Happy Monday, friends!
I’ve put together some of the most frequently asked questions about chicken keeping for those of you who may be thinking of getting your own backyard chickens. I hope this answers any questions you might have and if I’ve missed something, feel free to ask in the comments section! If chicken keeping isn’t your thing, skip this post altogether and come back another time, ok?
How many do you have? What kinds are they?
How many eggs to you get every week? What do you do with them all, do you sell them?
Currently, 12 of our chickens are laying eggs. The Ameraucanas were added to our flock earlier this spring (the first week of March) and we are expecting to see their pastel colored eggs (pink! blue! green!) any day now. Chickens are considered to be full grown at 20 weeks and will begin laying any time after this 20 week mark. So from the 12 chickens that are currently laying, we get an average of 60 eggs per week. We do sell our eggs to neighbors and co-workers for $3 per dozen. It works out to cover the cost of feed, straw and bedding each month. We’ve started to make back all the money we’ve spent so far (fencing, feeders and waterers) and we might even be able to start setting aside a little fun money for a weekend trip. Or new flooring in the kitchen. A girl can dream!
Are chickens friendly? Can you hold them? Do they bite?
Yes, chickens are totally friendly! They’re very social, curious creatures. Of course some are more friendly or more social than others and some really have no interest in being held (though if you catch them, they’ll still tolerate it) but in my experience, they’re certainly not mean. Obviously I can only speak about my own chickens – I bet there are some grouchy, mean chickens out there but that goes for humans too, doesn’t it? Most of us are nice, but some of us have our panties in a royal twist and love to moan and groan over anything and nothing, no matter what. I once asked our friend, Farmer Tom about holding and petting chickens and his response was: FONDLE YOUR CHICKENS! And friends, that’s really all there is to it. If that’s what you want, of course. The more you chat with them, the more they’ll chat with you. The more you offer them treats, the more they’ll come running when they see you. The more you pick them up and hold them for a minute or two, the more used to it they will become. As far as the “biting” or pecking goes… I’ve only had a chicken peck me because they see something they think is food. Buttons, shoe laces… they think there’s maybe something to eat there. I’ve even had chickens peck at my freckles or my painted toes. They eat pretty much constantly during their awake hours, and the pecking and the scratching, well… that’s what a chicken does.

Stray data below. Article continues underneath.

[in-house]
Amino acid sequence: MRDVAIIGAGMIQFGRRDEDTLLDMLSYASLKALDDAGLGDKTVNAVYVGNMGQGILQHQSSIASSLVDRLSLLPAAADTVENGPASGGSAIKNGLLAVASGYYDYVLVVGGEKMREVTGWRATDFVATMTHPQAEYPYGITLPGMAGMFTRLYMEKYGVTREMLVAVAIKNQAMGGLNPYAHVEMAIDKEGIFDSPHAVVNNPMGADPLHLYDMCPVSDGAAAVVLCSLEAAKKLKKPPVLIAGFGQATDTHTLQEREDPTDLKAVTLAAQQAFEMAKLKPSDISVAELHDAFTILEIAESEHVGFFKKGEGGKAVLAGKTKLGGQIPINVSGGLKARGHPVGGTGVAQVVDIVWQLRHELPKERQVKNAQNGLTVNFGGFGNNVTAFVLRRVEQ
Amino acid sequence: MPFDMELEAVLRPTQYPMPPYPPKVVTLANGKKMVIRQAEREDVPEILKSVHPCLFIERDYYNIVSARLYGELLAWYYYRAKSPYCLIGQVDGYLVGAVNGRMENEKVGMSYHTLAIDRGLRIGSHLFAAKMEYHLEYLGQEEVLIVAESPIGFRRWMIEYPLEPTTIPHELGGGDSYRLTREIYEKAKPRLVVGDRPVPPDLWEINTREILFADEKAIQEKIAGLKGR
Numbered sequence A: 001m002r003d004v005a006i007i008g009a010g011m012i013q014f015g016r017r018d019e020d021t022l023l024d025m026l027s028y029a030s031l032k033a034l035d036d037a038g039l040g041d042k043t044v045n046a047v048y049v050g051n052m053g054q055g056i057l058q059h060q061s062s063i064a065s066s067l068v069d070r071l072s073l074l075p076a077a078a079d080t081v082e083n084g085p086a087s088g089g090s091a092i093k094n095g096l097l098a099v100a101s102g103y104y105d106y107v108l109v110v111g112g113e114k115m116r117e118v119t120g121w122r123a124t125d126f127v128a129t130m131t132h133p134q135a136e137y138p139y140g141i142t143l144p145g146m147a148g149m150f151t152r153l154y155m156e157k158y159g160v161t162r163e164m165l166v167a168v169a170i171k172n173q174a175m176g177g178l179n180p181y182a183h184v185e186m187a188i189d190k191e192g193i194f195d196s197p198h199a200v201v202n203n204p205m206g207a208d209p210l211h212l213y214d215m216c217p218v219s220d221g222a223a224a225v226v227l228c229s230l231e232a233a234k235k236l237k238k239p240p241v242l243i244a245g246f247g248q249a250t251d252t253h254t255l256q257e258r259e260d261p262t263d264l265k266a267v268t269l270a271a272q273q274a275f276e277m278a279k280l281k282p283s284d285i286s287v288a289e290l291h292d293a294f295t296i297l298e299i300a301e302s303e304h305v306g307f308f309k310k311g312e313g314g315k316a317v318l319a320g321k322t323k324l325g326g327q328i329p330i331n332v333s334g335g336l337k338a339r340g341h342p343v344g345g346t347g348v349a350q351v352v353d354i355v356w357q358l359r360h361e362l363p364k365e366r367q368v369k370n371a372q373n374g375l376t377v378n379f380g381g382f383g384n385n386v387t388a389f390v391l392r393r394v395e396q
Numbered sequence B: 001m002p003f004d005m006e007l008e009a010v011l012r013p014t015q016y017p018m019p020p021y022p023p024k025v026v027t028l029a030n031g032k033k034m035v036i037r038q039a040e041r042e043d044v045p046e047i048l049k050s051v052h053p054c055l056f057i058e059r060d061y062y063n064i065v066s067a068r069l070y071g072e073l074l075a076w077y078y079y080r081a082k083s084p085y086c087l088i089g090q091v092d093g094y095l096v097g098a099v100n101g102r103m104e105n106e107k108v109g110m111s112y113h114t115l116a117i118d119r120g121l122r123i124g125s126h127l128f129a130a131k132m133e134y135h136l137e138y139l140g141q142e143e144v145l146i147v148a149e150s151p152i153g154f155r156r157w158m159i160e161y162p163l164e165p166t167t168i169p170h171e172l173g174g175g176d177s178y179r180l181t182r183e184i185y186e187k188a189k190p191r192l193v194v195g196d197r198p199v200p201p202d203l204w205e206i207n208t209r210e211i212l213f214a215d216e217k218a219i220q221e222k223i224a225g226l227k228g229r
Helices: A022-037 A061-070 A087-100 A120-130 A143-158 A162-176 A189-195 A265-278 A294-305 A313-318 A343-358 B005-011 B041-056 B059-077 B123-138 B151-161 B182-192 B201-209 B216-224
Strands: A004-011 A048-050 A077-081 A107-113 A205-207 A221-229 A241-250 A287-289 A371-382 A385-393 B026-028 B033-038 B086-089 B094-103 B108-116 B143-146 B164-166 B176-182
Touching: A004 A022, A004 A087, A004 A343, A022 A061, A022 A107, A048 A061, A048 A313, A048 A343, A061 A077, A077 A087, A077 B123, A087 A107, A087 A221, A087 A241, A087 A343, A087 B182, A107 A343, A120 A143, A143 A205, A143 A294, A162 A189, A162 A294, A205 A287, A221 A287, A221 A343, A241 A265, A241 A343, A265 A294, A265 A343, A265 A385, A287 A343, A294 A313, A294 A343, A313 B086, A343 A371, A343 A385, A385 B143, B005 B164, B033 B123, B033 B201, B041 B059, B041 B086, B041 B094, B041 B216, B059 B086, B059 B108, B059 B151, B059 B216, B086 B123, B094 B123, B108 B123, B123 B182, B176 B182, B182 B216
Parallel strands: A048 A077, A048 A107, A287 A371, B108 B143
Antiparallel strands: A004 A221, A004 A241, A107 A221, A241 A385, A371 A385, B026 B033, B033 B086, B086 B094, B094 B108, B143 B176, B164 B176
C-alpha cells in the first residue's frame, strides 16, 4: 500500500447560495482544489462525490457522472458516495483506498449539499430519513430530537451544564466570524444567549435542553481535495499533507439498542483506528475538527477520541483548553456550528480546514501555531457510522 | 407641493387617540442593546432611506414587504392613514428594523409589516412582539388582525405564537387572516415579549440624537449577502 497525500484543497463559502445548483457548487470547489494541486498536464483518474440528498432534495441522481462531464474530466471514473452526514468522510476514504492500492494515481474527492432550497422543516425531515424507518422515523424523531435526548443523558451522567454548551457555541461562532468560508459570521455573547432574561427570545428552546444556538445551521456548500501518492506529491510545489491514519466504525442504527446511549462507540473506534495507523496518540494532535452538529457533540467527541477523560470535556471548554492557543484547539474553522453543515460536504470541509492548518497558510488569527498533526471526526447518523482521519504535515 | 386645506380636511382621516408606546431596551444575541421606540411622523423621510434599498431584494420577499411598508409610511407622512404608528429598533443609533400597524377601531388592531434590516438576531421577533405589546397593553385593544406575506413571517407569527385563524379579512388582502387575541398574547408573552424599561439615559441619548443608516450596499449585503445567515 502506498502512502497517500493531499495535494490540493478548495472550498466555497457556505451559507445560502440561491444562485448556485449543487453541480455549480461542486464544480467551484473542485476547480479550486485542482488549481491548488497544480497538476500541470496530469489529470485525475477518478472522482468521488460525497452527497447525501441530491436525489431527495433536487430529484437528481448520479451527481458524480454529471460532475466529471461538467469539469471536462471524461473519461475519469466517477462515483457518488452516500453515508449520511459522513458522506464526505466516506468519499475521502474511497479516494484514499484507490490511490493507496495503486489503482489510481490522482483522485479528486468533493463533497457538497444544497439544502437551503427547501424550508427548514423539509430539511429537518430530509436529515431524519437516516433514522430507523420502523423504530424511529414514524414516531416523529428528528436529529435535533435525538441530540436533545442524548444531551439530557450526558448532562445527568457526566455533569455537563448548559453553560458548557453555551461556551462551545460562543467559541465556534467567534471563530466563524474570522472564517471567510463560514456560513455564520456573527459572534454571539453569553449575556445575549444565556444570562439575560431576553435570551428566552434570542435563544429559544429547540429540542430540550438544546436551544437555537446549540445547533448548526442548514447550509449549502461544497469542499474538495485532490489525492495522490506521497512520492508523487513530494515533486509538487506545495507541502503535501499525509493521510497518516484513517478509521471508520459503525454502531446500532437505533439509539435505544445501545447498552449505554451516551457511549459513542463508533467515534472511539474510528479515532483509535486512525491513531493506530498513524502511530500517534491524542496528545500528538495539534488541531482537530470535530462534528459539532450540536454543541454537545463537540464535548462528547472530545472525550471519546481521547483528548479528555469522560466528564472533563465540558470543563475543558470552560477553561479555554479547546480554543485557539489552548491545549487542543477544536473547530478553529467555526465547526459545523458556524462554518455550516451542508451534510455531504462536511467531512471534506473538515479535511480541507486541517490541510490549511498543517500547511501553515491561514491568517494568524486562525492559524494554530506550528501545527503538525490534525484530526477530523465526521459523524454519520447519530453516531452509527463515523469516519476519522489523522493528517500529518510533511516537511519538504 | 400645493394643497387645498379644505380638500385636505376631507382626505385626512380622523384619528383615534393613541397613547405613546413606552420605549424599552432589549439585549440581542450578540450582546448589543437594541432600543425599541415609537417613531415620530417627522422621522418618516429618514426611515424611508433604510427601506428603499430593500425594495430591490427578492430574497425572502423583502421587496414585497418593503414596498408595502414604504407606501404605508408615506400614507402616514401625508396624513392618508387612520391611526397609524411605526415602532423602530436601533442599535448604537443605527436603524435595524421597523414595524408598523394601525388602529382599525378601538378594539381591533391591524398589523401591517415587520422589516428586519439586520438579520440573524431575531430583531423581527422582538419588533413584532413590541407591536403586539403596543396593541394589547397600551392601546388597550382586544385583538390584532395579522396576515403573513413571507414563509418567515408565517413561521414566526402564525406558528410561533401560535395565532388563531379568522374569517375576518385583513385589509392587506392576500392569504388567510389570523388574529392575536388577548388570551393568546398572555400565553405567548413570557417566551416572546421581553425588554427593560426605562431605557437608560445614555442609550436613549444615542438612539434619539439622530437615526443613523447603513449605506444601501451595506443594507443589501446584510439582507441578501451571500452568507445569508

What do chickens eat? What kinds of treats do they like?
Our chickens eat a regular diet of chicken feed (layer crumbles) and scratch grain, to which we mix in grit (to aid in digestion) and oyster shell (to strengthen their egg shells). They free range from sunrise to sunset in a fenced off yard of their own within our back yard so they also eat lots bugs and grass. Actually, they’ve eaten up all the grass in their yard, so one of the things I do as part of the morning routine is bring them a bucket of fresh grass and clovers from elsewhere in our yard and spread it around in small piles for them. They love this and make lots of little chatty sounds to let me know how much. As far as treats go, they’re spoiled rotten! They get scraps from our kitchen every day. They love fresh fruit (watermelon, all berries, bananas, tomatoes) and everything from pasta, crackers, cereal, peas, corn, milk and yogurt. I’m not kidding when I say that they see me come out the kitchen door and they RUN to the fence line. Happy chickens make good eggs, y’all!
What’s the set up like? What do chickens need? How do you keep them safe from predators?
So here’s the thing: chickens are really super easy and they require very little. There’s an initial cost to get things up and running (feeders and waterers, fencing, coop related costs) but it doesn’t have to be a lot. That part is really up to you. You can spend hundreds of dollars on the fanciest, cutest, Pinterest worthy little coop of your dreams or you can spend next to nothing and put together something from what you have on hand. It’s your choice! Your chickens aren’t going to notice the difference and they’re still going to poop all over everything just as much. Whether it’s store bought fancy or DIY thrifty, the one thing that really matters is their safety. They need a safe, quiet place to nest in during the day and a place to roost at night, safe from all the scary night creatures. A coop should also be roomy enough for them so that they don’t get bored or overcrowded and peck each other to death and roomy enough/user friendly for you because, future chicken keeper, guess what? You’ll be cleaning it out often. Chickens are not the greatest house keepers and they poop a lot, on everything.